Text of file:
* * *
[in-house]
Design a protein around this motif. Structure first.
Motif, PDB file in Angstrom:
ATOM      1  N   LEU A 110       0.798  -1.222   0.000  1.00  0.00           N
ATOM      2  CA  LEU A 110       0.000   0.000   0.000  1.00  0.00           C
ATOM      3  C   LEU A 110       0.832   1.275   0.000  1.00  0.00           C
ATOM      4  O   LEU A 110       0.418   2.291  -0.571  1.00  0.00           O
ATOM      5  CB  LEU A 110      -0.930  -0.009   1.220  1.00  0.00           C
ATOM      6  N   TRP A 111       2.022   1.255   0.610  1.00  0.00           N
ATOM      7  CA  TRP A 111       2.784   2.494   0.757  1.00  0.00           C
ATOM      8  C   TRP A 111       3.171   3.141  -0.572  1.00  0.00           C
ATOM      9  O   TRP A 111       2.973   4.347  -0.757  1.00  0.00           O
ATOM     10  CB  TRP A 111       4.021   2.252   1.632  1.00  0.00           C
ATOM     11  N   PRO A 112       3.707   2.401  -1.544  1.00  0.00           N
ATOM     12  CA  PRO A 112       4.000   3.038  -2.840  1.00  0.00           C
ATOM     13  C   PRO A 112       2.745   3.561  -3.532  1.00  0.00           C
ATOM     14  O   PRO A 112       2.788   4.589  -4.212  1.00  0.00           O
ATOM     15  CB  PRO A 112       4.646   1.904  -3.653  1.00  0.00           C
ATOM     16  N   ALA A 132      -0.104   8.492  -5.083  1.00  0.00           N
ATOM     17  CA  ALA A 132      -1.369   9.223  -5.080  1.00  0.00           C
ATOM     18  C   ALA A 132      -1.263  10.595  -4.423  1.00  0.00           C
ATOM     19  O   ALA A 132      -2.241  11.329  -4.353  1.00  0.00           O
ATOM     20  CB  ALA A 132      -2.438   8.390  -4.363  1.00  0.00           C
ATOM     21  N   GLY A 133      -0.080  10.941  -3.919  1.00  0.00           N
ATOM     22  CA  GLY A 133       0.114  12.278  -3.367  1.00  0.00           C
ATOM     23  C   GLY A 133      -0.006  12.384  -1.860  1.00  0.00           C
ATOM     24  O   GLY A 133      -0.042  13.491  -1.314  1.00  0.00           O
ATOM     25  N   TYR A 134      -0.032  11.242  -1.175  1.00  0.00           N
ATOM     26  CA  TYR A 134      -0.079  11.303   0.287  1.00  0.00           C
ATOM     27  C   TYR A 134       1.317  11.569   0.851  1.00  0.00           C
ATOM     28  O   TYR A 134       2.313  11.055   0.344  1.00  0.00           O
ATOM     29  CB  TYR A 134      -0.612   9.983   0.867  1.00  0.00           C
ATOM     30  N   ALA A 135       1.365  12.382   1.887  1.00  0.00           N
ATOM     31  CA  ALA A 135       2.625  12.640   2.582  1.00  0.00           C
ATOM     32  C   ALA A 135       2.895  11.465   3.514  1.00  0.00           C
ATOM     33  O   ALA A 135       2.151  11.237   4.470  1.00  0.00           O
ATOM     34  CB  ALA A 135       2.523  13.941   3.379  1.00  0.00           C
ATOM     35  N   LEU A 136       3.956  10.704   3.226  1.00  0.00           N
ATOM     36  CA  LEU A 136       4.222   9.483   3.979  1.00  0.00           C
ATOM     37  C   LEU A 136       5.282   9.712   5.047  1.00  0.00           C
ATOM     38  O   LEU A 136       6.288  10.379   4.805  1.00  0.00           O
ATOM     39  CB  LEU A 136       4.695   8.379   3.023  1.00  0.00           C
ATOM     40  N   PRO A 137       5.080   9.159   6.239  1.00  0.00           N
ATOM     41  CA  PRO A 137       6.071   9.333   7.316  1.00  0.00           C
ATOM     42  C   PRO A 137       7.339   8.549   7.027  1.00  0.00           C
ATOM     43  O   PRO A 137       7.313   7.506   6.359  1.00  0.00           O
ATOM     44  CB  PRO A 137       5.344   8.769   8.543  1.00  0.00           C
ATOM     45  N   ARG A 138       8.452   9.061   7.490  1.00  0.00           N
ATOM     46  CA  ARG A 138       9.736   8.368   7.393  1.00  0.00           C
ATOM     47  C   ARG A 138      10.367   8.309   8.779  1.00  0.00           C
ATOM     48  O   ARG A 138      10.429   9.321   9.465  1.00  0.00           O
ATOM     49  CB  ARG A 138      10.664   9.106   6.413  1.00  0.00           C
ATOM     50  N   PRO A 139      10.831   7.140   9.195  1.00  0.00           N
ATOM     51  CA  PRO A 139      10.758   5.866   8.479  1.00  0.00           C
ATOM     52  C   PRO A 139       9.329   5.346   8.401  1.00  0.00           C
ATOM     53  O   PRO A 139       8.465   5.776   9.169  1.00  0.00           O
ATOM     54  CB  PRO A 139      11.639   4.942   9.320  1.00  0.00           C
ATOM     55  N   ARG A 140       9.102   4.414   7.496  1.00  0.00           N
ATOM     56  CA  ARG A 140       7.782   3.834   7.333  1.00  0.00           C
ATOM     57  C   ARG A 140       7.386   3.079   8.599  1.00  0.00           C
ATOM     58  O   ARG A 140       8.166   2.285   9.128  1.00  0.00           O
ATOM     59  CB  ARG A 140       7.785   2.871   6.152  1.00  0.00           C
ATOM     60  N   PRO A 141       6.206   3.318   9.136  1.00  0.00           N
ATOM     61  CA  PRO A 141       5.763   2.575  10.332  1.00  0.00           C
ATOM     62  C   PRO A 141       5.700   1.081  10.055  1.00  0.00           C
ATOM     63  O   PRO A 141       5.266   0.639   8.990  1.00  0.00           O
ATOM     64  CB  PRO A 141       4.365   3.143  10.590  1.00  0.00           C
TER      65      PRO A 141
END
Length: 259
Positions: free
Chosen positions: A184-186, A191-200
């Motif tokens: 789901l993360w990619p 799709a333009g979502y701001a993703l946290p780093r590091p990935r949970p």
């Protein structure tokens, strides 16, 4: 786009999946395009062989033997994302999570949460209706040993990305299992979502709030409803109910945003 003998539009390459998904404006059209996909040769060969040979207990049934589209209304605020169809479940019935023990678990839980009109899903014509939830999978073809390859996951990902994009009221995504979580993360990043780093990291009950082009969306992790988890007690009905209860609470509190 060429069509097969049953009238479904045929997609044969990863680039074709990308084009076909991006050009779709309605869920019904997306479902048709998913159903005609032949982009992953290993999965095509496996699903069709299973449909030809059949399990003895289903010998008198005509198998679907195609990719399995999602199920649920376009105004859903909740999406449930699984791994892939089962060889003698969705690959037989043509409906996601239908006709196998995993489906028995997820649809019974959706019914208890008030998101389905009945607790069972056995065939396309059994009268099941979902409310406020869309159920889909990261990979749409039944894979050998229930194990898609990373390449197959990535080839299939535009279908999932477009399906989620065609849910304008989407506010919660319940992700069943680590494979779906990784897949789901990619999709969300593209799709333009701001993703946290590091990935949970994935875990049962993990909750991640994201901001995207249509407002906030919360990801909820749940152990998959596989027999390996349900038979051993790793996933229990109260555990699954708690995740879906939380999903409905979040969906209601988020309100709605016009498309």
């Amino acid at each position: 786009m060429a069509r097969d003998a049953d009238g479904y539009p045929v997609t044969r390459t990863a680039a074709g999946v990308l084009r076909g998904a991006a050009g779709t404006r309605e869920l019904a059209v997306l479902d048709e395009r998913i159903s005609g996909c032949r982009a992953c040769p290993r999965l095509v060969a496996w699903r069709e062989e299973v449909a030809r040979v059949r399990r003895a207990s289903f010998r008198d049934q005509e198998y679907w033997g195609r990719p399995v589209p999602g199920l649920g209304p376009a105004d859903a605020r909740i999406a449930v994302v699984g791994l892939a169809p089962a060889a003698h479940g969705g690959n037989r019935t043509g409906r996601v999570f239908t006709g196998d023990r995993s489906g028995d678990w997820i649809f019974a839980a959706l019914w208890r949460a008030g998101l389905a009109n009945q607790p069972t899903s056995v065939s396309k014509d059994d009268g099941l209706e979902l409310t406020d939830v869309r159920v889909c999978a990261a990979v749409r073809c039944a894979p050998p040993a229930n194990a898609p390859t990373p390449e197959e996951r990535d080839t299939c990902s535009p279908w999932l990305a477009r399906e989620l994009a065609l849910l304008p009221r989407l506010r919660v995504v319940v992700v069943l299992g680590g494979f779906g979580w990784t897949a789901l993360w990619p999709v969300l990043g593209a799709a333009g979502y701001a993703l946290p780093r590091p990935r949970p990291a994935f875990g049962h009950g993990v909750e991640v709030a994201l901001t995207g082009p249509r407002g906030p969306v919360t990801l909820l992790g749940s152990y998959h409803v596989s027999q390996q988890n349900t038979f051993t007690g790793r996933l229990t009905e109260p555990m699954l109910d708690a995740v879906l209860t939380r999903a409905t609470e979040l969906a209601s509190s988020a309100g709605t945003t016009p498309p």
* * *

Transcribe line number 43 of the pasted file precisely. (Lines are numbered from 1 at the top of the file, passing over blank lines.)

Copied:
ATOM     40  N   PRO A 137       5.080   9.159   6.239  1.00  0.00           N